Once was not enough, I had to do it again. The allure of lava too much I planned yet another run across island in the middle of the night to see the lava at Kilauea.
This time Deb would come along, mistakenly agreeing to to 0130 alarm clock and possibly regretting it as she climbed out of bed. Thus we drove through the night passing through the park gates a little before 4am.
A larger crowd greeted us this time. The parking lot was lamost half full and there were more folks passing us on the walk out to the viewpoint.
This trip would feature a bit of moonlight over the caldera rather than the dark skies of two weeks ago, a quarter moon in the eastern sky. I had hoped for a few thin moonlit clouds to use in the compositions, but this did not happen. The morning was completely cloud free over the caldera, and nearly calm, the plume rising striaght up from the lava.
Again the best spots at the rope were taken, but a little haggling solved that issue. Viewing through the little telescope I carried and a few photos with it are a valuable bargaining chip, a deal that left everyone happy.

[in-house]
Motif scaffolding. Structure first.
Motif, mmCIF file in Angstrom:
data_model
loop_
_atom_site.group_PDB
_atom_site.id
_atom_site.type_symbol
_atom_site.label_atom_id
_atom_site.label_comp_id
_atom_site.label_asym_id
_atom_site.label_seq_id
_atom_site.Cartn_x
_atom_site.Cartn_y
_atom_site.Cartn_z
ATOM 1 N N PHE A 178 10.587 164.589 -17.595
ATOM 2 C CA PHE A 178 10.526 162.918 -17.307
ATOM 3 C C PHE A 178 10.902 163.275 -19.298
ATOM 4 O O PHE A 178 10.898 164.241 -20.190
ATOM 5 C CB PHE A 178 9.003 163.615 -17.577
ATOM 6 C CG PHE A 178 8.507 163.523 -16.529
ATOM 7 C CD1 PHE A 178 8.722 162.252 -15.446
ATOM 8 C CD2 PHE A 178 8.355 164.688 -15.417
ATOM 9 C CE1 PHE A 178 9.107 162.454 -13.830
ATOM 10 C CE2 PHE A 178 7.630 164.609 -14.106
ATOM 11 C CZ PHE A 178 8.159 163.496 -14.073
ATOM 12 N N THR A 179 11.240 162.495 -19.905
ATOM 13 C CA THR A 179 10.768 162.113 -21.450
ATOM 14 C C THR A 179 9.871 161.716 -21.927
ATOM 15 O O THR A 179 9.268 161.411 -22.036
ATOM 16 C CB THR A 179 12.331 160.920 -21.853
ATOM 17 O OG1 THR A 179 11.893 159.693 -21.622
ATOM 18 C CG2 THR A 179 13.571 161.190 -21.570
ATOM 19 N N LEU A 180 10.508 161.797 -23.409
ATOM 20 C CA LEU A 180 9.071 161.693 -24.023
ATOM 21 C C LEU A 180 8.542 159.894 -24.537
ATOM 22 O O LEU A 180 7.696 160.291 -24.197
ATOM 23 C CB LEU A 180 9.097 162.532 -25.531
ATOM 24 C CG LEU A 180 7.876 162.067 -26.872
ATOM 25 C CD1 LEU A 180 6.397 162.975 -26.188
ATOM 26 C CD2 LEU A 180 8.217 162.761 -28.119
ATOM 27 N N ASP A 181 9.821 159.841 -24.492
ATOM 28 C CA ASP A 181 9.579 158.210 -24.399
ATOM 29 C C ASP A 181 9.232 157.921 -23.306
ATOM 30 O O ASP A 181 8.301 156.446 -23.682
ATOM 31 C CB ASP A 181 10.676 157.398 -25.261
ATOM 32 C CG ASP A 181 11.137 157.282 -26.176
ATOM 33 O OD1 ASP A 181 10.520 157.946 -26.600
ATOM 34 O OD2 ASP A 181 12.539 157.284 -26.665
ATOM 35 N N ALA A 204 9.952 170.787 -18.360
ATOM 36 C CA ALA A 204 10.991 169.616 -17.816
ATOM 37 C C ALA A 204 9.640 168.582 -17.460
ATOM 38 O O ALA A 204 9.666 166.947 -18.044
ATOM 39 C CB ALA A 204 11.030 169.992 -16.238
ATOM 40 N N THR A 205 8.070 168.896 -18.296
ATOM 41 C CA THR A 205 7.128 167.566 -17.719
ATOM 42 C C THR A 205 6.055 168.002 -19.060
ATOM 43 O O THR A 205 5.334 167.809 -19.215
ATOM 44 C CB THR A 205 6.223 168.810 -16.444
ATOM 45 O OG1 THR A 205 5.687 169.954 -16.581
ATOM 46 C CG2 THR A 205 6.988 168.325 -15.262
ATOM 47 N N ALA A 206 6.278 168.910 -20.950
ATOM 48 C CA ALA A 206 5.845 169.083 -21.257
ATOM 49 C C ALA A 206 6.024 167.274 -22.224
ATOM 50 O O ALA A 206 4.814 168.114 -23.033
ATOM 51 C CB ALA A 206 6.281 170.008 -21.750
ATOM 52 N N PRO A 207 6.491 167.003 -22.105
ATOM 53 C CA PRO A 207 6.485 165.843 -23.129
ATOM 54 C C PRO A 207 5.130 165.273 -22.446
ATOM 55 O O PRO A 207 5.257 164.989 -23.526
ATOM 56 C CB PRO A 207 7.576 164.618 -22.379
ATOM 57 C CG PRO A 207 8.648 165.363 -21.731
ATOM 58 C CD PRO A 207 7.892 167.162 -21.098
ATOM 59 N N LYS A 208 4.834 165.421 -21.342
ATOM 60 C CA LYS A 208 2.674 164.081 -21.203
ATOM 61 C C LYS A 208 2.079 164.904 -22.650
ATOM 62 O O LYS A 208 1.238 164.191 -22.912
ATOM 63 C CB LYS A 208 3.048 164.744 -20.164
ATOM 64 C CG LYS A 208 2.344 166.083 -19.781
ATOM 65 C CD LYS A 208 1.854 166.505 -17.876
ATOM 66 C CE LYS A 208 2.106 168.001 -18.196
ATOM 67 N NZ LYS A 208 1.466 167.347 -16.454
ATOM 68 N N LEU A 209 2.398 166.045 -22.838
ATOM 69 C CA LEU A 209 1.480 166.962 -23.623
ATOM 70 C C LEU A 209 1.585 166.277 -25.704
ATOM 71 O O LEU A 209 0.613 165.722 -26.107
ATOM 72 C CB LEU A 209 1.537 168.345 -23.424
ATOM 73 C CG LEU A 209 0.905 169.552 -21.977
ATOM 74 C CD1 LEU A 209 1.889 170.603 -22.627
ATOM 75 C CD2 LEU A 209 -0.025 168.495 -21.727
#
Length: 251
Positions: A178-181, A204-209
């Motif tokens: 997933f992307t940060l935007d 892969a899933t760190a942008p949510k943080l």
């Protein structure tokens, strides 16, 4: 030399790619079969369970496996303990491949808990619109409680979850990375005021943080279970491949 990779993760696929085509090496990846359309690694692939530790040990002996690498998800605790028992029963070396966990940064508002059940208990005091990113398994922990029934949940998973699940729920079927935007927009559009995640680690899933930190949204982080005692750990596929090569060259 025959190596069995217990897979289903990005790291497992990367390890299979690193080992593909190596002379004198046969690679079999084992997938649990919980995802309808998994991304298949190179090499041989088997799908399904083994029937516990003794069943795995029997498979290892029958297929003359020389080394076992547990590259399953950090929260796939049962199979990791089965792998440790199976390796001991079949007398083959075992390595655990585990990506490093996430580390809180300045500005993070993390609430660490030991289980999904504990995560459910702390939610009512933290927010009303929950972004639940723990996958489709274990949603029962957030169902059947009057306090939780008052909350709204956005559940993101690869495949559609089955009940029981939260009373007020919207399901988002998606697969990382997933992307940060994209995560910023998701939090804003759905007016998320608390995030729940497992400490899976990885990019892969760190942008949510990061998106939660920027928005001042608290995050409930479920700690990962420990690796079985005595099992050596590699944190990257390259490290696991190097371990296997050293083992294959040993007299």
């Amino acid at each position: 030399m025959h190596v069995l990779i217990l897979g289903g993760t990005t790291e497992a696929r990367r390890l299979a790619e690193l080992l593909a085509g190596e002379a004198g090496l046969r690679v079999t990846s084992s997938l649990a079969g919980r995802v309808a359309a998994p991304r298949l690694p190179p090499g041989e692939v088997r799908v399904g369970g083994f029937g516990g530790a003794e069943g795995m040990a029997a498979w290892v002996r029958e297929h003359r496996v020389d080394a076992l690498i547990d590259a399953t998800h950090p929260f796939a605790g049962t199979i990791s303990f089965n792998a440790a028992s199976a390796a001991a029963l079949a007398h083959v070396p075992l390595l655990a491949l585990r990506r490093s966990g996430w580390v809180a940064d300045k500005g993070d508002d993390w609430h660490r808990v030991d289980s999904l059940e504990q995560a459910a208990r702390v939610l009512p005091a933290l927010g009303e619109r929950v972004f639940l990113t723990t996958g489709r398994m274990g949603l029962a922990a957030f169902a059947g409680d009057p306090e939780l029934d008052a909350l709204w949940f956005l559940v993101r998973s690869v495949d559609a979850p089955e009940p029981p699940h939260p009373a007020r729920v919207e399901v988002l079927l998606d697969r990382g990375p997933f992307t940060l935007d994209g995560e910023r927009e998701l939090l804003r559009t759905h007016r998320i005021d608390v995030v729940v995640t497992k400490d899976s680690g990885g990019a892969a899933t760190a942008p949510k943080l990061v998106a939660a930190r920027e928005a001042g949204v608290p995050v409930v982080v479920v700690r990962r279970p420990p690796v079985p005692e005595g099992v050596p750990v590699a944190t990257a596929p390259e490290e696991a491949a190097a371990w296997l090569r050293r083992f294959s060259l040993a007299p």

Again I met Philip Ong in the usual corner of the viewpoint. Nice to have an actual geologist to chat with, discussing odd details of the lava lake below us.
The lava fountian was not nearly as active as it had been a couple weeks prior. Gone was the 20m (65ft) fountain, rather a bubbling caldron in the spatter rampart around the vent. The spatter stucture had clearly grown much larger, and occording to Philip, was rising over time as well, floating upwards with the slowly rising level of the lava lake.
Shoot a little with my own camera, let Deb have a turn with the telescope, shoot a few from a tripod while letting a few visitors have a view through the eyepiece. The hours at the viewpoint dissapeared quickly.
The same plan after lava viewing as last time… Off to the Crater Rim Cafe for breakfast before the drive home. Tired, but glad we had again made the effort to make a volcano run.